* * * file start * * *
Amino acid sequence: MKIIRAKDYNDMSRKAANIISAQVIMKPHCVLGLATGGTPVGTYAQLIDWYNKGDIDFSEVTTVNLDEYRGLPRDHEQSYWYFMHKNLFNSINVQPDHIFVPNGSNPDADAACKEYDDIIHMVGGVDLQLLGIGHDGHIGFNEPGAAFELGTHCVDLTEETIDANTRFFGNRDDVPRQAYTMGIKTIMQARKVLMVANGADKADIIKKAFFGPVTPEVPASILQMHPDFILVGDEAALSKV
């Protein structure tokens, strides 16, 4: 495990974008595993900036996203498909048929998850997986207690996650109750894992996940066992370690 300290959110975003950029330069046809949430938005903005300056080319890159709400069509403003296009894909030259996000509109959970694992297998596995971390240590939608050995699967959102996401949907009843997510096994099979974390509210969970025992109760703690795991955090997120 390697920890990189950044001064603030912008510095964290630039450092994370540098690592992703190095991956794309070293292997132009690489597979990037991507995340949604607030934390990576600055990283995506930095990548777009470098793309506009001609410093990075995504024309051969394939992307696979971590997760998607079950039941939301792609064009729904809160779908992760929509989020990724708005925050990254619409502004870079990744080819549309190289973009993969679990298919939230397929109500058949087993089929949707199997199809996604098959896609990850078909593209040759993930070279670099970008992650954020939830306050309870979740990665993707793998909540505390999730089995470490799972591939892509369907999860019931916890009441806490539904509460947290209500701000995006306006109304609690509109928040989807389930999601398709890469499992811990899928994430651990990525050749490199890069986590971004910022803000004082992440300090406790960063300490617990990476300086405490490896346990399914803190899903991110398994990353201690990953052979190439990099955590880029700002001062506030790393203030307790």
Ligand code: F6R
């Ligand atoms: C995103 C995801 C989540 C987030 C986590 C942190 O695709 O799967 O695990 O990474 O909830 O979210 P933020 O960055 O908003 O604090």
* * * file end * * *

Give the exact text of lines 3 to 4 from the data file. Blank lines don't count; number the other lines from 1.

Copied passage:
Ligand code: F6R
């Ligand atoms: C995103 C995801 C989540 C987030 C986590 C942190 O695709 O799967 O695990 O990474 O909830 O979210 P933020 O960055 O908003 O604090």